Why Marriage Matters for Economic Well-Being
Why does marriage matter for the economic well-being of children? First, children raised by their married parents are much more likely to enjoy access to the economic support of their father over the course of their childhood, compared to children raised by single or cohabiting parents.12 Second, married parents are more likely to enjoy economies of scale, compared to single parents, and to pool their income, compared to other types of families.13 Third, stably married parents who do not have children with other partners do not incur child support obligations or legal expenses related to family dissolution that reduce their household income.
Overall, the economic value of marriage for children should not be underestimated. One recent study suggests that having stably married parents is worth about an extra $40,000 in annual family income to children while growing up, compared to children being raised by a single parent.14
Unfortunately, despite the economic value of marriage for children—not to mention its social, educational, and psychological value15 —marriage has been in retreat since the 1970s, especially among poor and working-class families. In fact, there is a growing marriage divide, such that children from college-educated families continue to enjoy high levels of family stability, whereas children from less-educated families face higher levels of family instability and single parenthood.16 For instance, as the figure below indicates, the share of children with less-educated mothers living in single-parent homes has grown steadily since the 1960s, whereas it has actually fallen for children of college-educated mothers since the 1990s.17 This leaves many children in less-educated homes doubly disadvantaged—they have markedly less income, along with less time and attention from their parents than children in more affluent and college-educated homes.18
What’s Driving the Marriage Divide?
The growing marriage divide is driven in large part by four developments. First, men without college degrees have seen their real wages decline and spells of unemployment increase, both of which make them less attractive as marriage partners.19 Second, changes in public policy and law have made marriage less financially advantageous, especially for lower-income Americans who often face marriage penalties associated with a range of means-tested policies offered by the federal government.20 Third, the erosion of marriage-related norms governing sex, childbearing, and marital permanence, along with the rise of a soulmate model of marriage that increases men and women’s expectations for high-quality marriages, has left lower-income Americans more vulnerable to premarital childbearing, family instability, and divorce—partly because they face fewer opportunity costs for having children out of wedlock, and partly because they face more economic stresses that can undercut the quality of their marriages.21 Finally, civic participation has fallen most among Americans without college degrees; this matters because civic groups—especially religious organizations—have long lent moral and social support to marriage and family life.22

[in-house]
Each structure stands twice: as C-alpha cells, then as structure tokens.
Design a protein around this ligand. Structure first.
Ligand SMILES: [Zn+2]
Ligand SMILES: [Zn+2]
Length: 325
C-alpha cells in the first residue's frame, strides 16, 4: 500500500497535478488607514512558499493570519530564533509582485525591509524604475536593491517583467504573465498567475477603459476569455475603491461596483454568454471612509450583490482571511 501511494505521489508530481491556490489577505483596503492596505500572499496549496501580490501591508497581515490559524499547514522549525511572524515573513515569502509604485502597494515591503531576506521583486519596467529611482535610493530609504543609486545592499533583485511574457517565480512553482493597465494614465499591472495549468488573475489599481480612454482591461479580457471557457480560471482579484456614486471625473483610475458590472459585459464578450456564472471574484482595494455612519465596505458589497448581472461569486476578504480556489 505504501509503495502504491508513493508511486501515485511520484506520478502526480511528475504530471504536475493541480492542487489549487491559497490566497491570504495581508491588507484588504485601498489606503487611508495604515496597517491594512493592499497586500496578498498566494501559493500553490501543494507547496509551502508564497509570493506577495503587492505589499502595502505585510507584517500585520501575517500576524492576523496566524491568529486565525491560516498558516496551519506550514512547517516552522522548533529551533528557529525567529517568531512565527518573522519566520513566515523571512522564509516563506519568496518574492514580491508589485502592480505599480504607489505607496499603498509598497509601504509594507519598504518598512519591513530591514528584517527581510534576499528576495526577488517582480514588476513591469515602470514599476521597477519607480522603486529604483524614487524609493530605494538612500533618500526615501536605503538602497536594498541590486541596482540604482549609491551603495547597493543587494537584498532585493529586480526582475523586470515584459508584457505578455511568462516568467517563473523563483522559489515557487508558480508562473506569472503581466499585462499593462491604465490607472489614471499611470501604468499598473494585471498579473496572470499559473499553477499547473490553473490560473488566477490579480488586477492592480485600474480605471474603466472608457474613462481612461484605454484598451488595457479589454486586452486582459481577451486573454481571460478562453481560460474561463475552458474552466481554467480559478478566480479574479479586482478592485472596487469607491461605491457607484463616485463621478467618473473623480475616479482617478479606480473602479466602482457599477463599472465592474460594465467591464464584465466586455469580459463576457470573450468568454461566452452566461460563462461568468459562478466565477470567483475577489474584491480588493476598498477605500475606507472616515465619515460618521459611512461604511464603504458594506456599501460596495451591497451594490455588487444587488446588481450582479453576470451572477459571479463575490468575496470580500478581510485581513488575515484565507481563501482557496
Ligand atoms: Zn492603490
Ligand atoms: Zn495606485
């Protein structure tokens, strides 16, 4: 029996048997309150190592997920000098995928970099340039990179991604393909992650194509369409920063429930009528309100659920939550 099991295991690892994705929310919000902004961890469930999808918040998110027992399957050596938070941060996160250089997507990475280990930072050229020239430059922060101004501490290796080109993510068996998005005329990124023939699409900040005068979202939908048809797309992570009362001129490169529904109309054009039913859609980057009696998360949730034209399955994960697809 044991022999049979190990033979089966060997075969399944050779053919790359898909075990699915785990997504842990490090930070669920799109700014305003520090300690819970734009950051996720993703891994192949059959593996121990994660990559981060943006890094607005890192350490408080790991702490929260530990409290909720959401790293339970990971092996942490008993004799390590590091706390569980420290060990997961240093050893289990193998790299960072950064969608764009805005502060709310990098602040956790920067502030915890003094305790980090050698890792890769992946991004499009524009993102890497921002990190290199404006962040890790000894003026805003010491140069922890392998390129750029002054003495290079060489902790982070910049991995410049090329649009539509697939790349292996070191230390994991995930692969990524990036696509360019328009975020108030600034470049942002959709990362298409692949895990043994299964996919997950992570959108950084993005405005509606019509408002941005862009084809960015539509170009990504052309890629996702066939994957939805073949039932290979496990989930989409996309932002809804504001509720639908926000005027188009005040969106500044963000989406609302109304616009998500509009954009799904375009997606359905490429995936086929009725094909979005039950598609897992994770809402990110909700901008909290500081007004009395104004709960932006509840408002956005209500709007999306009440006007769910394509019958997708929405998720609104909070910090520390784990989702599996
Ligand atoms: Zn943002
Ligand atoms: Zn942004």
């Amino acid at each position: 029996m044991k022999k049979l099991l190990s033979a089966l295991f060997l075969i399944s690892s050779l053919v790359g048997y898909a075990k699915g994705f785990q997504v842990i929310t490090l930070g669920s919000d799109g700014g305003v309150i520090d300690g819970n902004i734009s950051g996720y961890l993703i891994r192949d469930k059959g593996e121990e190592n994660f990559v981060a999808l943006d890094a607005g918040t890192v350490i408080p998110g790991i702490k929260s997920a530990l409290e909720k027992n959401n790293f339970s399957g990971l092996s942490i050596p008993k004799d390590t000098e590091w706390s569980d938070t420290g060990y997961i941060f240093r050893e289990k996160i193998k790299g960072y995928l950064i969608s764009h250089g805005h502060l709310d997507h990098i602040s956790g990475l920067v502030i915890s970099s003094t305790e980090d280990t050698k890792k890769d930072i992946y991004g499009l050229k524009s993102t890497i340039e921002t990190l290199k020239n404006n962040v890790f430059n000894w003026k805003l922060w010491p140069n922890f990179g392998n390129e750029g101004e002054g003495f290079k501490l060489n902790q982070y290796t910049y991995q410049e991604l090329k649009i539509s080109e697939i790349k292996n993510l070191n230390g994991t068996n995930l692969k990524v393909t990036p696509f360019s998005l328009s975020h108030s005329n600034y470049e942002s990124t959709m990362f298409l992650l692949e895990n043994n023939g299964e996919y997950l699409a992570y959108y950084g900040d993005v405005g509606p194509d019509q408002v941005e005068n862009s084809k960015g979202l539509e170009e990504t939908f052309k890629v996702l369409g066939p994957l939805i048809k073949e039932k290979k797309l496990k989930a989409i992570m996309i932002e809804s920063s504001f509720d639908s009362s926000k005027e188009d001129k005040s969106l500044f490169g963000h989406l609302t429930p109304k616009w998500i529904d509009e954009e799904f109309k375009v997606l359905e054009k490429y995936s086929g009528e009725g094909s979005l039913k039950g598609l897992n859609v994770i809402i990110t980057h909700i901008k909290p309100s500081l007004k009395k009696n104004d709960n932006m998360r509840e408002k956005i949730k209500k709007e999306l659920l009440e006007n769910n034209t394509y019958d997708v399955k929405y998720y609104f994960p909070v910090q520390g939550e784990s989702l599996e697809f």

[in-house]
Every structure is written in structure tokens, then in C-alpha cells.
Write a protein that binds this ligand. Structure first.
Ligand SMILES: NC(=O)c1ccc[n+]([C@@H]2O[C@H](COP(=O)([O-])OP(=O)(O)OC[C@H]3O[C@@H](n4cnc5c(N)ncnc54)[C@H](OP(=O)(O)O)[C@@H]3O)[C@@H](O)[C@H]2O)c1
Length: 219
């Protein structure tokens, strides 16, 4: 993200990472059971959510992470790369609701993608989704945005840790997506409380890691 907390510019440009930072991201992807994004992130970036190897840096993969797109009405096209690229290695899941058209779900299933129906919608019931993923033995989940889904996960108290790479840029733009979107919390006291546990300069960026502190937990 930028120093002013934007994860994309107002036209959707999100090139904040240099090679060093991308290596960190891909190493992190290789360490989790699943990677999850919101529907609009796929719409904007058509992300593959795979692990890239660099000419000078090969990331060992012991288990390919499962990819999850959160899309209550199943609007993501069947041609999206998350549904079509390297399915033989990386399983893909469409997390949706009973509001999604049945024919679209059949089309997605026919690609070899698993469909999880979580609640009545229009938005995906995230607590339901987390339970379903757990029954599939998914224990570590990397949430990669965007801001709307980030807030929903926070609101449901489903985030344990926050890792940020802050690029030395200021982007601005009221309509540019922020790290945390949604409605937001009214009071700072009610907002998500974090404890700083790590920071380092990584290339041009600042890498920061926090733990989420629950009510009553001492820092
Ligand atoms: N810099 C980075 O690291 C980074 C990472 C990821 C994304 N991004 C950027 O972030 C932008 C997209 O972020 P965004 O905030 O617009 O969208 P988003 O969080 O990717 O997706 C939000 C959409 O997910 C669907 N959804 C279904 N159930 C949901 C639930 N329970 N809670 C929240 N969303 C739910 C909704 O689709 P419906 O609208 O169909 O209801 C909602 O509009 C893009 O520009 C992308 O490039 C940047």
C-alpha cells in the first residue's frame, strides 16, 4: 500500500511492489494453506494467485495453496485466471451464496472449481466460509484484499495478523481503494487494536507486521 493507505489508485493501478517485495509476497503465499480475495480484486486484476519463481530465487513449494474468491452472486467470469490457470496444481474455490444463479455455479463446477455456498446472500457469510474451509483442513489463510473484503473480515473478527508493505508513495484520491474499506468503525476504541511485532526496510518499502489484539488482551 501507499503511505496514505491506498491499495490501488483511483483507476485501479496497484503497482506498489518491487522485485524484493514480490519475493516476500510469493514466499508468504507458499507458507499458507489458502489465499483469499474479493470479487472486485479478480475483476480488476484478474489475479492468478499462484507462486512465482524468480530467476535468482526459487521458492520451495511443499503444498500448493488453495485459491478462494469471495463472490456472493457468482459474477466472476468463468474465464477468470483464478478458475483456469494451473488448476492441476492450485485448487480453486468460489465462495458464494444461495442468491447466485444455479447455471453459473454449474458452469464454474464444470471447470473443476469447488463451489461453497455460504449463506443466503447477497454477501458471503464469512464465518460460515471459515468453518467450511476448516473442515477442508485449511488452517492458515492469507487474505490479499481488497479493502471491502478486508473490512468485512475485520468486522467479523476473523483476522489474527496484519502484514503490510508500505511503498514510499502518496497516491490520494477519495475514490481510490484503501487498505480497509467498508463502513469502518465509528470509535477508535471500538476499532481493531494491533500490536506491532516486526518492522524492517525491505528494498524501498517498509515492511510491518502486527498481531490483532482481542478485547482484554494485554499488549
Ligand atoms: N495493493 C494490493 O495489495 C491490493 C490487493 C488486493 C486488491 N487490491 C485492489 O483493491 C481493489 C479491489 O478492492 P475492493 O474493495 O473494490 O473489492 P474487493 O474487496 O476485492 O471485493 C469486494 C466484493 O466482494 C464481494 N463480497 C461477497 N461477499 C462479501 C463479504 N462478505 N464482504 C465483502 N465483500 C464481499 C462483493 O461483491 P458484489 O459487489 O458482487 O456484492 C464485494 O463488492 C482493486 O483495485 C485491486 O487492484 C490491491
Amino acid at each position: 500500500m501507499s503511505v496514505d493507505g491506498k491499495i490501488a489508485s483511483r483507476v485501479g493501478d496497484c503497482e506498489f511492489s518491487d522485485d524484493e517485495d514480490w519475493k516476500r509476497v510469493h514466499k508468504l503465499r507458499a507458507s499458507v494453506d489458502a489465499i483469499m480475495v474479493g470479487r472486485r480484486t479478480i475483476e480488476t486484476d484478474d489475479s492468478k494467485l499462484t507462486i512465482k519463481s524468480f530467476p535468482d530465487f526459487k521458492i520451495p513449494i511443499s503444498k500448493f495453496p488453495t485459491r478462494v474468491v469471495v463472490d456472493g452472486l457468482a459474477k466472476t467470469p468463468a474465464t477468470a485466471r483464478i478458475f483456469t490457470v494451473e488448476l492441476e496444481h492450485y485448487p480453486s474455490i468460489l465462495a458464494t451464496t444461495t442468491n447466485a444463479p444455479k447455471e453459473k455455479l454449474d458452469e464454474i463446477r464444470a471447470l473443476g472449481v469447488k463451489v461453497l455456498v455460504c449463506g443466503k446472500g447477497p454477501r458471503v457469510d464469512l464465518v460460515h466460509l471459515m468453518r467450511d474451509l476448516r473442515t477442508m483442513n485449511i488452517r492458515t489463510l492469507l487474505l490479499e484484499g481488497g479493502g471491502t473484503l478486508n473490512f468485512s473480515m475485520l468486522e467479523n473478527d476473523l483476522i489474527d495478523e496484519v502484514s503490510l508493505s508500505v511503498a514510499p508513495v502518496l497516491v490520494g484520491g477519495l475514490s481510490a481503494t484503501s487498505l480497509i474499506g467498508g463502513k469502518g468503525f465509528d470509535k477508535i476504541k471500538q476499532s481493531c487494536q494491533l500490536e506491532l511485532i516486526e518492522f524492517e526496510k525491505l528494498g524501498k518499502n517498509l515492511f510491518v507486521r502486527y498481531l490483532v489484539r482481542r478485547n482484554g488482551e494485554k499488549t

To bridge the marriage divide between less-educated and college-educated Americans, and thereby reduce child poverty, policymakers, business executives, philanthropists, civic leaders, educators, and culture shapers should consider the following four recommendations:
- On the educational front, strengthen vocational education and apprenticeship programs, so as to increase the vocational opportunities of the majority of young adults who will not get a four-year college degree.23
- On the policy front, work to minimize marriage penalties facing lower-income families, perhaps by offering newly married Americans a “honeymoon” period of three years where their eligibility for means-tested programs would not end if they marry—so long as their household income is below a threshold of $55,000.
- On the cultural front, launch local, state, and federal campaigns on behalf of what Haskins and Sawhill have called the “success sequence,”24 where young adults are encouraged to get at least a high school degree, work full-time, and marry before having any children—in that order.
- On the civic front, encourage secular and religious organizations to be more deliberate about targeting Americans without college degrees.
The alternative to taking measures like these is to accept a world where college-educated Americans enjoy stable and strong families, and the economic benefits that flow from such families, and everyone else faces increasingly unstable families and high rates of economic insecurity and poverty.